By the mid 90’s the world economy had improved and steadied, especially in the West, and UK’s New labour government of 1997 ushered in an era of economic stability and growth, from which the arts in the UK have benefited. New labour’s first Minister of State for Culture, Media and Sport Chris Smith, provided evidence to the Cabinet – and the Treasury in particular – that the ‘creative industries’ (including the arts’, for this purpose) made a massive and growing contribution to the national economy. This led directly to the establishment of a Creative Industries unit within the Department of Culture, Media and Sport, and a ‘creative economy programme’.
Thirty years on, publicly funded support for the arts and artists is remarkably successful – and is delivered through services that the national economy appears to be able to sustain. In the visual arts, there is, for example: Artquest’s online information and help service; Own-It’s intellectual property support service; and the National Studios Association of artists’ cheap studio providers. In 2005 Arts Council England funded a pilot project providing free online artlaw advice via Artquest, and its evaluation report revealed that the two most prevalent areas of need for help are contracts and intellectual property rights. But significant changes are discernible, compared with the 1976/78 Artlaw Research Project. Artists are now much more aware of the commercial dimension of their practice, and of the need to conduct business professionally, art market professionals, as well as artists, are much more aware that artiste have strong legal rights – especially copyright and statutory moral rights – and that these should be respected; although 50% or more sales commission has become the norm for galleries, both artists and dealers know that the level of such fees should reflect a correspondingly substantial amount of marketing and promotion work being done for the artist; publicly funded galleries invariably put into writing their contractual arrangements with artists (exhibitions, commissioning, residencies, sales); many private galleries and dealers still seal their deals with artists via a handshake rather than via paperwork, but in recent times the new generation of younger art market professionals is increasingly working with their artists genuinely to negotiate and agree their deals in writing. As for intellectual property, artists are increasingly working in mixed media and with digital technology (music, film, video, performing) and are beginning to learn from their traditionally-collectivised colleagues in the music, film and performing arts industries the value and importance of professional practice in managing their creativity.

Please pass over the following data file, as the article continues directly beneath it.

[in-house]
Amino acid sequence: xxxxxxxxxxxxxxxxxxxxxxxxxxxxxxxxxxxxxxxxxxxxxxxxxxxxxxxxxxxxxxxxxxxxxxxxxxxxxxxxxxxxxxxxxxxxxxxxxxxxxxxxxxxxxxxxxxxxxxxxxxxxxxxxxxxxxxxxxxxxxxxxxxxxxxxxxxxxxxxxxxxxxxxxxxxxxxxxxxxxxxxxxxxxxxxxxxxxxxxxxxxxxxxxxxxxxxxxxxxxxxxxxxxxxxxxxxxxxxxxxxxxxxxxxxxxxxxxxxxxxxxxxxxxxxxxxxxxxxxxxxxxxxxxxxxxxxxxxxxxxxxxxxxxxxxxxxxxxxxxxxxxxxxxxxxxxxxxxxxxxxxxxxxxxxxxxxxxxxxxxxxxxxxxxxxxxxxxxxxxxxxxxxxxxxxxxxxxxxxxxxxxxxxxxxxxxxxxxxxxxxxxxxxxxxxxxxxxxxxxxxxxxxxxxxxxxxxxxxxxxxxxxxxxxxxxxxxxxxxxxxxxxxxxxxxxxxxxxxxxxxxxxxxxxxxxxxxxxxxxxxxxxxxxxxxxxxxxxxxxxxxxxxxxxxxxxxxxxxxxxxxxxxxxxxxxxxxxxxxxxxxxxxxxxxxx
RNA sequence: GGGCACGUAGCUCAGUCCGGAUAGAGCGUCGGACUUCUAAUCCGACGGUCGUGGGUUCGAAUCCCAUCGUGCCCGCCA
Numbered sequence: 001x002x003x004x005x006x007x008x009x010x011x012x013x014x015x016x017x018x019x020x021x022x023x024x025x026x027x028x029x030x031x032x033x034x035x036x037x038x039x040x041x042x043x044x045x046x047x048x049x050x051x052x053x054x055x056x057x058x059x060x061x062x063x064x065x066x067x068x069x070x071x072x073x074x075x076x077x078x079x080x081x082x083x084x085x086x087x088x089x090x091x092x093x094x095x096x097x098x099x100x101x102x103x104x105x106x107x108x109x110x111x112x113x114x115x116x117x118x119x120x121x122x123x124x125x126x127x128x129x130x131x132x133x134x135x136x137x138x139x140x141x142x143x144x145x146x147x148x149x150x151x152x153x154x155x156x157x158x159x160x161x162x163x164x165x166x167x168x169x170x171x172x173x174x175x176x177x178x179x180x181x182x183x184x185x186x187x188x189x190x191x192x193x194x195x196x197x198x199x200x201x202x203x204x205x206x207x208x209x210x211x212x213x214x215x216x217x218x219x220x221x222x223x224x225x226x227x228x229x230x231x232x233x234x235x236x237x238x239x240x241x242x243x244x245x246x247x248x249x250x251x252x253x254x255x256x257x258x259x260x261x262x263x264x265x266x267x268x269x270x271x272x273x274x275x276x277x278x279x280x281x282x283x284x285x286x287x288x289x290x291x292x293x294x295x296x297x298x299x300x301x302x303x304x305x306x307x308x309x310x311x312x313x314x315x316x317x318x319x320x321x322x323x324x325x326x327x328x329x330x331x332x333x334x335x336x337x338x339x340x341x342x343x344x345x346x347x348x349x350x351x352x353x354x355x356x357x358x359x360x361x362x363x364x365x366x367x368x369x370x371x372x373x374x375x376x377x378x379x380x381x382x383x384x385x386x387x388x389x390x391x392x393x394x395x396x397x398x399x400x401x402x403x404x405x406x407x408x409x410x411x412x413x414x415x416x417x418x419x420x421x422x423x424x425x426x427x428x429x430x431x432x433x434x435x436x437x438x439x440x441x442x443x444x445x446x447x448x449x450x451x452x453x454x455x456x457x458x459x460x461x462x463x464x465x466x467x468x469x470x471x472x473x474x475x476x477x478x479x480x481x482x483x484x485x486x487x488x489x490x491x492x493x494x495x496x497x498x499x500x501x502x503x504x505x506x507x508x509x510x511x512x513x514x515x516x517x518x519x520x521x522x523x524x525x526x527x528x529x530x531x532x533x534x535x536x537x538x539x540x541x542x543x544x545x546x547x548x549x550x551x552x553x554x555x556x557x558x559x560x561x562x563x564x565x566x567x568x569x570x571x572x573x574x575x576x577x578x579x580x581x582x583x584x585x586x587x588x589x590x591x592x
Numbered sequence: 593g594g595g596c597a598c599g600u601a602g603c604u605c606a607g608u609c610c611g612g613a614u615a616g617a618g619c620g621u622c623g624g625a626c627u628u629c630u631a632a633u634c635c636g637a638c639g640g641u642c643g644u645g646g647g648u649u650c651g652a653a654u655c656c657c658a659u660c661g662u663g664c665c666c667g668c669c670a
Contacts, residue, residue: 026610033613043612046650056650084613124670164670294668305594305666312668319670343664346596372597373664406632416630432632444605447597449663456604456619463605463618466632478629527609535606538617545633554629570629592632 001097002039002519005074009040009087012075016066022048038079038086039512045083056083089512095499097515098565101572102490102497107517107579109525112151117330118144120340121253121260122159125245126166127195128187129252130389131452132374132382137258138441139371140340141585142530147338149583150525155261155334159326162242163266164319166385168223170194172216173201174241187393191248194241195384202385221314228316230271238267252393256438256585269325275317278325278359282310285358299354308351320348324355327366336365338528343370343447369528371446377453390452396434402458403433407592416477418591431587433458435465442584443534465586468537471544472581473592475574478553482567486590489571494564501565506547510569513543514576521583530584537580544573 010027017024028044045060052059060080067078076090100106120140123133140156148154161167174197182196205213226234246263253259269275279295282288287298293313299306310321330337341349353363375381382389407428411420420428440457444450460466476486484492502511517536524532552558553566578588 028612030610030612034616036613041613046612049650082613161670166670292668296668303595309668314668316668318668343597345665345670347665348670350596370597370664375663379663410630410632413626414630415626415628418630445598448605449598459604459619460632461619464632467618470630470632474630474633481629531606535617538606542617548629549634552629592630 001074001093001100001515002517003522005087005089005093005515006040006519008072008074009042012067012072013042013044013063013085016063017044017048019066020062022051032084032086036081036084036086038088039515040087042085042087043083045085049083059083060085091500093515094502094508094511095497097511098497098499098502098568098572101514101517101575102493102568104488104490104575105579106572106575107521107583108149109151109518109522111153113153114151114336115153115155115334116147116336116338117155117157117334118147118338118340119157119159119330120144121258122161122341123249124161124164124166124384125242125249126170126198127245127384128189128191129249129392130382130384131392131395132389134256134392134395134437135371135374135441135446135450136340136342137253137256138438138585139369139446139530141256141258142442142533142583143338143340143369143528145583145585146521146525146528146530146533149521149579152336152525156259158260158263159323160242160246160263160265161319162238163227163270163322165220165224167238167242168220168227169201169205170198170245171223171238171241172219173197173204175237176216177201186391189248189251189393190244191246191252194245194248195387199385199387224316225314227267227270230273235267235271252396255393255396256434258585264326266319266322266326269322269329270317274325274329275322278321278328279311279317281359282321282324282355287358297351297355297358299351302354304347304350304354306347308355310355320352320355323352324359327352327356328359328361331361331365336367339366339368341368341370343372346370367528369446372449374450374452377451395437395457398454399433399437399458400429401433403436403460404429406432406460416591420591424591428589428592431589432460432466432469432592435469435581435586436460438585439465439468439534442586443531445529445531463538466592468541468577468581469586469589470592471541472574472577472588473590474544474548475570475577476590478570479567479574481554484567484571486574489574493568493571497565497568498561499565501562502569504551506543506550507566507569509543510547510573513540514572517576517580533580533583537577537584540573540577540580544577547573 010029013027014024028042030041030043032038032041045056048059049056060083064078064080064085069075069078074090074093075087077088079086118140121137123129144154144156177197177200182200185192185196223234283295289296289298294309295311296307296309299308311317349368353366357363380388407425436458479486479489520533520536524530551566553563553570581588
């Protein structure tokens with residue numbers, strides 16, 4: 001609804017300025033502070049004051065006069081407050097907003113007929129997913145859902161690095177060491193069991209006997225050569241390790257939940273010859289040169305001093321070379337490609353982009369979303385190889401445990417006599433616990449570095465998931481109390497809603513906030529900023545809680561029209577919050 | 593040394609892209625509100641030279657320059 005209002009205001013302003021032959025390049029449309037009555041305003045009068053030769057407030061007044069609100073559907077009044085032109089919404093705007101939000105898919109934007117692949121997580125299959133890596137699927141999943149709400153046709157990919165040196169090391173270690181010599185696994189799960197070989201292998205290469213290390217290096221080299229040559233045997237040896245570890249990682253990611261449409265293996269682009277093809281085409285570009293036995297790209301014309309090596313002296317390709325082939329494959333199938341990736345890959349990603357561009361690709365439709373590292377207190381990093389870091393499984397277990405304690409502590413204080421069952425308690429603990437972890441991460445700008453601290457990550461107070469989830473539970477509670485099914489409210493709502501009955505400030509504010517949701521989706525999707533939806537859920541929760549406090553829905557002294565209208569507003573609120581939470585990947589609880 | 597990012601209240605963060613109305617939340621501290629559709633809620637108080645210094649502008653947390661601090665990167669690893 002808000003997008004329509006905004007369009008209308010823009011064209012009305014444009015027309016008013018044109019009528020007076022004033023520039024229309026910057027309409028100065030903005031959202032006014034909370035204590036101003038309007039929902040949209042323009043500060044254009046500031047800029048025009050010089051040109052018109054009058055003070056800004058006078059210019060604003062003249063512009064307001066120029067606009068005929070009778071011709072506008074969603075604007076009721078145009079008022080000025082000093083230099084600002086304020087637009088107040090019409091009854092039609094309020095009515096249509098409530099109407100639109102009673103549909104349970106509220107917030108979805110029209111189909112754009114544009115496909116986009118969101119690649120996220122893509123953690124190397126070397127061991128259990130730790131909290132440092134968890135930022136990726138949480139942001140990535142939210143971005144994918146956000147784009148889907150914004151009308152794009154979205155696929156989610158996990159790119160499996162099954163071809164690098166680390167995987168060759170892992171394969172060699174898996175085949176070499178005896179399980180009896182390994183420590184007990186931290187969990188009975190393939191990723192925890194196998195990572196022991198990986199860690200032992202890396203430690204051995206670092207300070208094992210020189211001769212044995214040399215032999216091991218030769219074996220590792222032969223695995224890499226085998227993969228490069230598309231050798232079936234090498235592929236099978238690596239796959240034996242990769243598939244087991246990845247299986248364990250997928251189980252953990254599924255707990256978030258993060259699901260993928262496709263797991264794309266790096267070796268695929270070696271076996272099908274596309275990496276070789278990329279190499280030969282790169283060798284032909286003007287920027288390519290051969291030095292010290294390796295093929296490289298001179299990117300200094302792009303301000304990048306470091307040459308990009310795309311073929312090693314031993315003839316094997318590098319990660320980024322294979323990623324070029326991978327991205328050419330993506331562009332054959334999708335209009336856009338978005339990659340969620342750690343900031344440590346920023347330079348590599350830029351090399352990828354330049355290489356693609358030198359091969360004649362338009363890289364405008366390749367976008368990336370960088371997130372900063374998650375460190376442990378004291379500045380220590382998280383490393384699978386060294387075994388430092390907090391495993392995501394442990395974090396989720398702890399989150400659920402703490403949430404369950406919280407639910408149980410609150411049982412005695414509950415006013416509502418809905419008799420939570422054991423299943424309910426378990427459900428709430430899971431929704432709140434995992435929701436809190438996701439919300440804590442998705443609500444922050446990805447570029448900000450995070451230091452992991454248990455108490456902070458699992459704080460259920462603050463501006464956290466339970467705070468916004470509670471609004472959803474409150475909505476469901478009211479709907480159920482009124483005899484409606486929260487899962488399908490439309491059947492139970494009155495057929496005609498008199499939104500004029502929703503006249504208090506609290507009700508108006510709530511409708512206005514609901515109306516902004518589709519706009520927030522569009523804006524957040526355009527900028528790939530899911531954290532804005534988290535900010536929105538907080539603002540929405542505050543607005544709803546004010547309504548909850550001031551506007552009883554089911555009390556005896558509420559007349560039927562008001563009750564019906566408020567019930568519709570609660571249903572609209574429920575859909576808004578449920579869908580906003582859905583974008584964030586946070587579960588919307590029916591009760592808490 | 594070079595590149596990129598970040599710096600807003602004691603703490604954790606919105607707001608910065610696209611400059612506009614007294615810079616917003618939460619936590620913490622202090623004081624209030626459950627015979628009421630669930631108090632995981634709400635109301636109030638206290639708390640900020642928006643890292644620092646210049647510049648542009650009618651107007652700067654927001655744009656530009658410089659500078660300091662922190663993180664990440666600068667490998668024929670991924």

© Henry Lydiate 2006